Try one epoch for each of the two neighboring

partitions: (P0 – 1: P1+1) and (P0 + 1: P1-1)

Choose next partitioning with

best policy metrics measurement

25

performance static dynamic
Performance – Static & Dynamic
  • Use combined miss rates as policy metrics
  • For RG-type, and some RY-type:
    • Static partitioning outperforms dynamic partitioning
  • For RR- and RY-type, and some RY-type
    • Dynamic partitioning outperforms static partitioning

26

fairness metrics and policy pact 04
Fairness – Metrics and Policy [PACT’04]
  • Metrics
    • Evaluation metrics FM0
      • difference in slowdown, small is better
    • Policy metrics
  • Policy
    • Repartitioning and rollback

27

fairness result
Fairness - Result
  • Dynamic partitioning can achieve better fairness
    • If we use FM0 as both evaluation metrics and policy metrics
  • None of policy metrics (FM1 to FM5) is good enough to drive the partitioning policy to get comparable fairness with static partitioning
  • Strong correlation was reported in simulation-based study – [PACT’04]
  • None of policy metrics has consistently strong correlation with FM0
    • SPEC CPU2006 (ref input)  SPEC CPU2000 (test input)
      • Complete trillions of instructions  less than one billion instruction
    • 4MB L2 cache  512KB L2 cache

28

conclusion
Conclusion
  • Confirmed some conclusions made by simulations
  • Provided new insights and findings
    • Give cache space from one to another, increase performance of both
    • Poor correlation between evaluation and policy metrics for fairness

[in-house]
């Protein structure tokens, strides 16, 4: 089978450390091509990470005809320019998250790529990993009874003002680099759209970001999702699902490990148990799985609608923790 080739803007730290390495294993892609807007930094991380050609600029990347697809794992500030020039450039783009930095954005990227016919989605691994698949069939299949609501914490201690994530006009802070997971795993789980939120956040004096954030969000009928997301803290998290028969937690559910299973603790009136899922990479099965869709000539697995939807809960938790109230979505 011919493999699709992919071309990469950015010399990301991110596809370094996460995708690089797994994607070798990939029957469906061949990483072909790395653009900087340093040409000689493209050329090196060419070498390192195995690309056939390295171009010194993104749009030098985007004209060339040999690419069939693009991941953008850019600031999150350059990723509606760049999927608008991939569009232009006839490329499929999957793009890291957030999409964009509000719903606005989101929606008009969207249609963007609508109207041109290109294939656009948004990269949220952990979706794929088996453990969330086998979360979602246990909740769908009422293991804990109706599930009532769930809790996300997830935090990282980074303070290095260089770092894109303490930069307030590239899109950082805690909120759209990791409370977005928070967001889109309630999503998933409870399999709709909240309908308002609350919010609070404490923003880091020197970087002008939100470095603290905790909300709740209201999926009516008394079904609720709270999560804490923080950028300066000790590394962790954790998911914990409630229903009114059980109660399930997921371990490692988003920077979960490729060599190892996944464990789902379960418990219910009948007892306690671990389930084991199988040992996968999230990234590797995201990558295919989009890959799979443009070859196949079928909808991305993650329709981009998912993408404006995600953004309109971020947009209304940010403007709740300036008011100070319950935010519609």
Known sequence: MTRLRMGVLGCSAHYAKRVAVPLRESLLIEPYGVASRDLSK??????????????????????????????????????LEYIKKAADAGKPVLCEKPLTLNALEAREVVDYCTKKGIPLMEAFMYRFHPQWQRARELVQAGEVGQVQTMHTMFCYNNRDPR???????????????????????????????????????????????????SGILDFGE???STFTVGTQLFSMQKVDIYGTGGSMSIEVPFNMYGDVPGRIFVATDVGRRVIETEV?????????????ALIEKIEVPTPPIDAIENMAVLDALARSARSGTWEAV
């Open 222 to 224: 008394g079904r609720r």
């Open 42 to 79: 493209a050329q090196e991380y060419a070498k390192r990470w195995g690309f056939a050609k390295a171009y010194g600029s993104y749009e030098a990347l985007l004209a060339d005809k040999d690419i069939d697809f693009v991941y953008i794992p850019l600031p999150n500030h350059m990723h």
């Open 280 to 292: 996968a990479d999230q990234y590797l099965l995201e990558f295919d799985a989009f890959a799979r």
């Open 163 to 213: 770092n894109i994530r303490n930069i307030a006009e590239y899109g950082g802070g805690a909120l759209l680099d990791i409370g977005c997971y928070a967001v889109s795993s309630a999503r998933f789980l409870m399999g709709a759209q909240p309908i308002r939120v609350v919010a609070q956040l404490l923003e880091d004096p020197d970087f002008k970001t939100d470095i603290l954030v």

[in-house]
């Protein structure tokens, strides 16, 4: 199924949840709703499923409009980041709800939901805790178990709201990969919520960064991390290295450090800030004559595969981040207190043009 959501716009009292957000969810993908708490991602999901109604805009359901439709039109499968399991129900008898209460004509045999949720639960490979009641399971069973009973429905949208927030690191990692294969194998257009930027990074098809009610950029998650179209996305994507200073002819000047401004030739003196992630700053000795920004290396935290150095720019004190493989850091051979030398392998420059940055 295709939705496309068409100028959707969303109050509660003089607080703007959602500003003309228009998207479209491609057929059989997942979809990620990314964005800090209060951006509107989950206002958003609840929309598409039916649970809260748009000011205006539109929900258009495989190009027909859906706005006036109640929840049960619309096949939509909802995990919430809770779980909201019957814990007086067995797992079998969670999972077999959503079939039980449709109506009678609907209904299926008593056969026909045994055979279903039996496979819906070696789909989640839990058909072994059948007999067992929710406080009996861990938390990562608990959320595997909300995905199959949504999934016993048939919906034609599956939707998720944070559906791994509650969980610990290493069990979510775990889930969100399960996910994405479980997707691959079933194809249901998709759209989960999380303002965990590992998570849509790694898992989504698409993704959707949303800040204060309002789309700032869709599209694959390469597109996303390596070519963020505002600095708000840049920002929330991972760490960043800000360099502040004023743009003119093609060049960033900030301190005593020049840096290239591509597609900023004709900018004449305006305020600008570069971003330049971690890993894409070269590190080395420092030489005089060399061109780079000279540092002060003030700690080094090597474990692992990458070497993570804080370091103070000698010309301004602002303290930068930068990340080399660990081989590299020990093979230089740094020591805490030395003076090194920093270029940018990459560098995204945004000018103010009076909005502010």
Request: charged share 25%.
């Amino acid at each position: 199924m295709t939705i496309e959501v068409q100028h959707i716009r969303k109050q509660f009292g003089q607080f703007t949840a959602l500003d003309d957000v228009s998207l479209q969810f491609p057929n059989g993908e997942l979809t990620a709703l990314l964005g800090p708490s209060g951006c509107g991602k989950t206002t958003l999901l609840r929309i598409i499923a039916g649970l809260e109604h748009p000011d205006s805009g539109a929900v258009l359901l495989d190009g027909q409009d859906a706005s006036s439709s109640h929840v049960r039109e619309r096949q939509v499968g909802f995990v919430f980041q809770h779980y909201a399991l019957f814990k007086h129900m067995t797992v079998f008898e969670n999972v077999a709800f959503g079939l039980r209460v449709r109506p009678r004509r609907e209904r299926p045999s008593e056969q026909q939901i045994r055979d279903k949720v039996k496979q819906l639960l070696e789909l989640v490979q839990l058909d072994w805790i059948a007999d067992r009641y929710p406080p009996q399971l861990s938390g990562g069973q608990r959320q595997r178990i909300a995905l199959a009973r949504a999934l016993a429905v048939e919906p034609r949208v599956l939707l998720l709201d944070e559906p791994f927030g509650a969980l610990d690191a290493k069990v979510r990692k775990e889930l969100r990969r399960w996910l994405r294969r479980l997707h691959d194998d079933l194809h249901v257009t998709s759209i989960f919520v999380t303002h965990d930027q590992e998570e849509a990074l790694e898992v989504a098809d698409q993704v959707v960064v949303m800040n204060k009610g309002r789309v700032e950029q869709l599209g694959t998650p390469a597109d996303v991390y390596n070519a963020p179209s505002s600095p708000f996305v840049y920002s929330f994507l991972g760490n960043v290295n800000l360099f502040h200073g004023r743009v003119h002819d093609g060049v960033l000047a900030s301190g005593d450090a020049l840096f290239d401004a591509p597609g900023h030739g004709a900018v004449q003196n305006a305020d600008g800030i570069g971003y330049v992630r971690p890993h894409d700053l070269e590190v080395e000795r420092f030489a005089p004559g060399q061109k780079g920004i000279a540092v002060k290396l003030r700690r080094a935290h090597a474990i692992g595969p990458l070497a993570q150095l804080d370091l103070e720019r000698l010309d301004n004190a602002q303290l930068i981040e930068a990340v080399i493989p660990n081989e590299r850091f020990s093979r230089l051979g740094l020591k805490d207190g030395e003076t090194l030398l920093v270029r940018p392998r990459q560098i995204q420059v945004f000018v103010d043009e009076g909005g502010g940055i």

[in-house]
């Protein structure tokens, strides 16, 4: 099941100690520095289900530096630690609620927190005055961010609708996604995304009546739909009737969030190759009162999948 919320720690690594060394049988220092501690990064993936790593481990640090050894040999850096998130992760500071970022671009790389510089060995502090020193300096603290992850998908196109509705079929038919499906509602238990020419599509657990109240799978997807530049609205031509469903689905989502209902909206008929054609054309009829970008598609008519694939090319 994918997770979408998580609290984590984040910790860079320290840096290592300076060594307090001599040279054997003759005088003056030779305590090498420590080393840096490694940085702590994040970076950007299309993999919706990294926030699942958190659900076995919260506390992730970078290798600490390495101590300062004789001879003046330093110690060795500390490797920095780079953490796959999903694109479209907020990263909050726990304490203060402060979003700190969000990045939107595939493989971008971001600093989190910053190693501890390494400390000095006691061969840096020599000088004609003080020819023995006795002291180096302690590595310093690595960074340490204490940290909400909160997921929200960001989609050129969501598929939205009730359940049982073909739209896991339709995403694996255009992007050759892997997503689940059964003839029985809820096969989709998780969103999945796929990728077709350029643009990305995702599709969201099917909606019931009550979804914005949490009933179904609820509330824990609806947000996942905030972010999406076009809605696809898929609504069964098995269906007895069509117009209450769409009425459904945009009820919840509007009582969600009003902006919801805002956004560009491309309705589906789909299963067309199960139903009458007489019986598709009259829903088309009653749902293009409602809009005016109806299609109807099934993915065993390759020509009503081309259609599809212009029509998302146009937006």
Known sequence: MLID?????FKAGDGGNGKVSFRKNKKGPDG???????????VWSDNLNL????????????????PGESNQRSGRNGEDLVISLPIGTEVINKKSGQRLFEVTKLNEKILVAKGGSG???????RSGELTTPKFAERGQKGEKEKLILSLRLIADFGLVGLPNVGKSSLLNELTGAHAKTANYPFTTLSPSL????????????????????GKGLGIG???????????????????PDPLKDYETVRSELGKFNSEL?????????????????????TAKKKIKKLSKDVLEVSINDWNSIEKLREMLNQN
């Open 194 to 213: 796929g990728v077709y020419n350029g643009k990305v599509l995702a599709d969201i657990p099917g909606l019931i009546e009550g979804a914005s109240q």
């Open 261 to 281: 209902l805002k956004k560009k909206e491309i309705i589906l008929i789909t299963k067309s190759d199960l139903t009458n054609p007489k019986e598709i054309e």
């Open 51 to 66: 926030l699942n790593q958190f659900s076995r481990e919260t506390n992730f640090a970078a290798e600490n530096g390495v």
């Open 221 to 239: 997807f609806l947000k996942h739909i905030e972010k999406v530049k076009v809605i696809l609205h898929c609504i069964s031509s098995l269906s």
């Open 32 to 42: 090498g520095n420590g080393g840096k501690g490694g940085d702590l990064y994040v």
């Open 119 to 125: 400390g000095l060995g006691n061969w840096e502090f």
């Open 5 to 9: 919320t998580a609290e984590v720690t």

• Made a case for our OS-based approach as an effective option for evaluation of multicore cache partitioning
  • Advantages of OS-based cache partitioning
    • Working on commodity processors for an execution- and measurement-based study
  • Disadvantages of OS-based cache partitioning
    • Co-partitioning (may underutilize memory), migration overhead

29

ongoing work
Ongoing Work
  • Reduce migration overhead on commodity processors
  • Cache partitioning at the compiler level
    • Partition cache at object level
  • Hybrid cache partitioning method
    • Remove the cost of co-partitioning
    • Avoid page migration overhead

30

jiang lin 1 qingda lu 2 xiaoning ding 2 zhao zhang 1 xiaodong zhang 2 and p sadayappan 2
Jiang Lin1, Qingda Lu2, Xiaoning Ding2,

Zhao Zhang1, Xiaodong Zhang2, and P. Sadayappan2

Gaining Insights into Multi-Core Cache Partitioning: Bridging the Gap between Simulation and Real Systems

Thanks!

1 Iowa State University

2 The Ohio State University

fairness correlation between evaluation metrics and policy metrics reported by pact 04
Fairness - Correlation between Evaluation Metrics and Policy Metrics (Reported by [PACT’04])

Strong correlation was reported in simulation study – [PACT’04]

33

fairness correlation between evaluation metrics and policy metrics our result
Fairness - Correlation between Evaluation Metrics and Policy Metrics (Our result)
  • None of policy metrics has consistently strong correlation with FM0
    • SPEC CPU2006 (ref input)  SPEC CPU2000 (test input)
    • Complete trillions of instructions  less than one billion instruction
    • 4MB L2 cache  512KB L2 cache

34